Governor Gavin Newsom signed a new executive order meant to allow the extension of in-home supportive services (IHSS) during the COVID-19 outbreak. | Credit: Paul Wellman (file)

Intensifying California’s efforts to contain COVID-19, Governor Gavin Newsom issued directives today addressing the anticipated public costs incurred for the illness, quarantine, and business effects, affecting as many as 24 million Californians. The first death in the state was reported on March 4, a man in his seventies who had returned from a Grand Princess cruise on February 21.

At the governor’s direction, all full-service health insurance carriers must lower to zero the cost for screening for the virus, including co-pays, deductibles, and coinsurance. This includes hospital and emergency room visits, urgent care treatment, and visits to provider offices. The directive also states insurers must waive preauthorization when the care involves COVID-19, permit out-of-network care when required, and specifically mentions telehealth — or virtual visits with a health-care provider via video.

Additionally, the governor announced support to citizens and businesses affected by the disease. Anyone who falls sick with COVID-19 and must stay home can file for disability insurance, which generally ranges from 60-70 percent of wages. Paid Family Leave is a form of disability insurance and is available for up to six weeks to people caring for a sick family member. For employers, the state has opened the UI Work Sharing Program, which enables employers to curtail worker hours if necessary and allows employees to receive unemployment insurance benefits to make up the shortfall in wages.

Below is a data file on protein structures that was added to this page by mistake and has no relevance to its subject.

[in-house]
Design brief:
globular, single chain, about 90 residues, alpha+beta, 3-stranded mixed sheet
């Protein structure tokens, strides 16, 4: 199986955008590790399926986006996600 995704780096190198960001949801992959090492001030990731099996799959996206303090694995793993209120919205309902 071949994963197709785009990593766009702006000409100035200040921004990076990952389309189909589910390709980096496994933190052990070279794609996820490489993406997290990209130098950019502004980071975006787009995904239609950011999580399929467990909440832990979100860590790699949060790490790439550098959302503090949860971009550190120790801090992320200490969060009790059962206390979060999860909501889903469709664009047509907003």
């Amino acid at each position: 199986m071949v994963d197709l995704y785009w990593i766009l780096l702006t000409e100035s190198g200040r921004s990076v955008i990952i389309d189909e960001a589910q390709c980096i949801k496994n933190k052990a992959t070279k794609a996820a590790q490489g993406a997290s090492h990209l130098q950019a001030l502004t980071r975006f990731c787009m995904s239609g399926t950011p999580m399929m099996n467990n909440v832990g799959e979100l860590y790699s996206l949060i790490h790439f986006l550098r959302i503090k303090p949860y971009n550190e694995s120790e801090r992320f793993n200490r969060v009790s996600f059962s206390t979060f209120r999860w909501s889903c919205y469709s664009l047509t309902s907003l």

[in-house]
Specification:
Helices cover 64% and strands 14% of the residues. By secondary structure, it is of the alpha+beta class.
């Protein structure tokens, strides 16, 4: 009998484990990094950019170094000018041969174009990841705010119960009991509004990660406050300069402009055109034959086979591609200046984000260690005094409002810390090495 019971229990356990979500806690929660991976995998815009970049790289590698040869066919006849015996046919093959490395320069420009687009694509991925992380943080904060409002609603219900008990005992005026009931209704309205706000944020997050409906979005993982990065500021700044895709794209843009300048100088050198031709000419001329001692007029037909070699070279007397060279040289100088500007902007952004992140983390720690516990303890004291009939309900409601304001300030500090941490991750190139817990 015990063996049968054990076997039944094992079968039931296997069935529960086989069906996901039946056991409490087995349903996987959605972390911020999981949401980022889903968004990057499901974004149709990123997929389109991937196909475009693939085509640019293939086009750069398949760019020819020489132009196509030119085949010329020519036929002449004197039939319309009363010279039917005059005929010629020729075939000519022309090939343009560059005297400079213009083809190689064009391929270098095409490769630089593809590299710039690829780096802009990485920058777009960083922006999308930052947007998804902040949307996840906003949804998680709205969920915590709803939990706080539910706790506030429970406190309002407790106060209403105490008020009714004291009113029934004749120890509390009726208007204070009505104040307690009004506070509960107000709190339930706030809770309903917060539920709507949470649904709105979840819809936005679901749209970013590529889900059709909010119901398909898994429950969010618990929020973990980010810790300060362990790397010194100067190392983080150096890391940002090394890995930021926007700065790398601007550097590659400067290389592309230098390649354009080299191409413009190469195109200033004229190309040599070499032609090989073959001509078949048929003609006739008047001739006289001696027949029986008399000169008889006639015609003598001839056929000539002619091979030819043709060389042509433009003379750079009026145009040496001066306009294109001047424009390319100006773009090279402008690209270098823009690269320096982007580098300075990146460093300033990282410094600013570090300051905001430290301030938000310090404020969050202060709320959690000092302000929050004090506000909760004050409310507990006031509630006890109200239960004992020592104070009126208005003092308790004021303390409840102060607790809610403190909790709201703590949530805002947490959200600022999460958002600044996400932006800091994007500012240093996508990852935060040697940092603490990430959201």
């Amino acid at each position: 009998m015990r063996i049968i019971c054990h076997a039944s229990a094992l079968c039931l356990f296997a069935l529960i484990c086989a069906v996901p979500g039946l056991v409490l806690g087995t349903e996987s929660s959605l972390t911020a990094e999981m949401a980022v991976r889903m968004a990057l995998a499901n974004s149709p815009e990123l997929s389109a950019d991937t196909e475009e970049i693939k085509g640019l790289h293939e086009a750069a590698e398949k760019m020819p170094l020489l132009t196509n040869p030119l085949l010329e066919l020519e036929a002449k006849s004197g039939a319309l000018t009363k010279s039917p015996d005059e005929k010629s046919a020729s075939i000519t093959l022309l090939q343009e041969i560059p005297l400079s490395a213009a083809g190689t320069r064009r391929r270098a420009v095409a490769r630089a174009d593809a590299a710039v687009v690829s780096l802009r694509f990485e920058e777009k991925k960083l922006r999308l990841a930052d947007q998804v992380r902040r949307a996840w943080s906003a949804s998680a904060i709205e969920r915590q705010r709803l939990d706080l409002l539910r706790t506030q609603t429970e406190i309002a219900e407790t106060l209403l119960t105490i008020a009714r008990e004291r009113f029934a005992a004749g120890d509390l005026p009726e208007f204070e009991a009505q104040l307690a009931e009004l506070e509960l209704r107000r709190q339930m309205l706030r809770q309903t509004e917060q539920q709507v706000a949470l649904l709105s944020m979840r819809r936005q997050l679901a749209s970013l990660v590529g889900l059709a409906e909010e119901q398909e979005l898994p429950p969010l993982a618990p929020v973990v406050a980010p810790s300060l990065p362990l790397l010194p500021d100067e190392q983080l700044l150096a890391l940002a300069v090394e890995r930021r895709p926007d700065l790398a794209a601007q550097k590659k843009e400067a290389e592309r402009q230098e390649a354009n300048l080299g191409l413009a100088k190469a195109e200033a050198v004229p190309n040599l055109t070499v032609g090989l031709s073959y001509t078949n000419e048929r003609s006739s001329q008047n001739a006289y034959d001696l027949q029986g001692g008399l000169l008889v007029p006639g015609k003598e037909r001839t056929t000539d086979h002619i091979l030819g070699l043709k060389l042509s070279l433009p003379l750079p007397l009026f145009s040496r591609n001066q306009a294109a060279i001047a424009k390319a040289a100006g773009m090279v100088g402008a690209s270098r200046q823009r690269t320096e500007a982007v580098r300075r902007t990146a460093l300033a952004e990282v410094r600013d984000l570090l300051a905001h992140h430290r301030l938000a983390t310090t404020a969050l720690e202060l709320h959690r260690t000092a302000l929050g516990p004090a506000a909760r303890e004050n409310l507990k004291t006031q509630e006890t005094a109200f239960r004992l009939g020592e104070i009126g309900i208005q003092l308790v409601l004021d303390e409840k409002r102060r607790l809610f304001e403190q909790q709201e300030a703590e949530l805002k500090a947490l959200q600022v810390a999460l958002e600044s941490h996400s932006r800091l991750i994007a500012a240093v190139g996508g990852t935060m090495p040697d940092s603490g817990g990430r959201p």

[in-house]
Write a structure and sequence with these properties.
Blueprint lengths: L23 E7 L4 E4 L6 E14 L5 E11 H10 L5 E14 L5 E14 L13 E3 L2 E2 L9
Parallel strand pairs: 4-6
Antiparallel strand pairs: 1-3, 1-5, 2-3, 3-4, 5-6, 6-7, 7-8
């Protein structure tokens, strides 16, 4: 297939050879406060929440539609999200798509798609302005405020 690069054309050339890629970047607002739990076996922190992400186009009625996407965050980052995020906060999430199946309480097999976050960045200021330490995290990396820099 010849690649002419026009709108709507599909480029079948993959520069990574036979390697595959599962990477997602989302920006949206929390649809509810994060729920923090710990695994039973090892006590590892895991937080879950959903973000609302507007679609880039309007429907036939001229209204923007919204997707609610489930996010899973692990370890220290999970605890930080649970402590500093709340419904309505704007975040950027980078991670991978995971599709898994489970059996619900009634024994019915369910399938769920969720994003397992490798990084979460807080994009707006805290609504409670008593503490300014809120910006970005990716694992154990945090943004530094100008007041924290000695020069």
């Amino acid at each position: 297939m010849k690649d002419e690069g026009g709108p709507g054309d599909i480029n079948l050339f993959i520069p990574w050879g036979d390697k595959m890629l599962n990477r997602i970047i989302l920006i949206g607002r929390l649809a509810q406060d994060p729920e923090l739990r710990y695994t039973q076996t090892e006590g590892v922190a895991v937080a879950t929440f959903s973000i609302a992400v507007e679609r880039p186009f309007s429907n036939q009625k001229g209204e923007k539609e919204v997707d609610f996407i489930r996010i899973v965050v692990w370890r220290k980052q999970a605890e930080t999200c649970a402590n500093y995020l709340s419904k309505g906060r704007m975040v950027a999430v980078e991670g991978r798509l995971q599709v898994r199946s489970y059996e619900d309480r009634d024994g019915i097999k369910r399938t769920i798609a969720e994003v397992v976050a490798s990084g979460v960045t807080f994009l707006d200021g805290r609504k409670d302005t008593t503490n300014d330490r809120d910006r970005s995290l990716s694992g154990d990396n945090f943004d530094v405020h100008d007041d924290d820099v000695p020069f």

California lawmakers have been asked for $20 million for the state’s COVID-19 response, and 21 million N95 masks were released from the state’s emergency supplies.

Newsom’s office stated the provisions announced today addressed the rising COVID-19 numbers in California. In addition to the single death, 60 positive cases exist, and 9,400 people who had come through San Francisco or Los Angeles international airports were self-monitoring their health condition. Over the weekend, thousands of test kits had arrived from the Centers for Disease Control headed for 15 public health labs, including Ventura’s, with 48-hour turnarounds expected. With more people being tested, the number of COVID-19 positives is expected to climb.

Except among the very young. A number of medical studies are agreeing that little to no illness appears in children 10 and younger but plenty of virus action, the Los Angeles Times reported. Because the children had less-developed immune system, the studies speculated, the immune response that caused pneumonia to flood the lungs was not happening in children. They simply had mild cold symptoms or the sniffles.


Please note this login is to submit events or press releases. Use this page here to login for your Independent subscription

Not a member? Sign up here.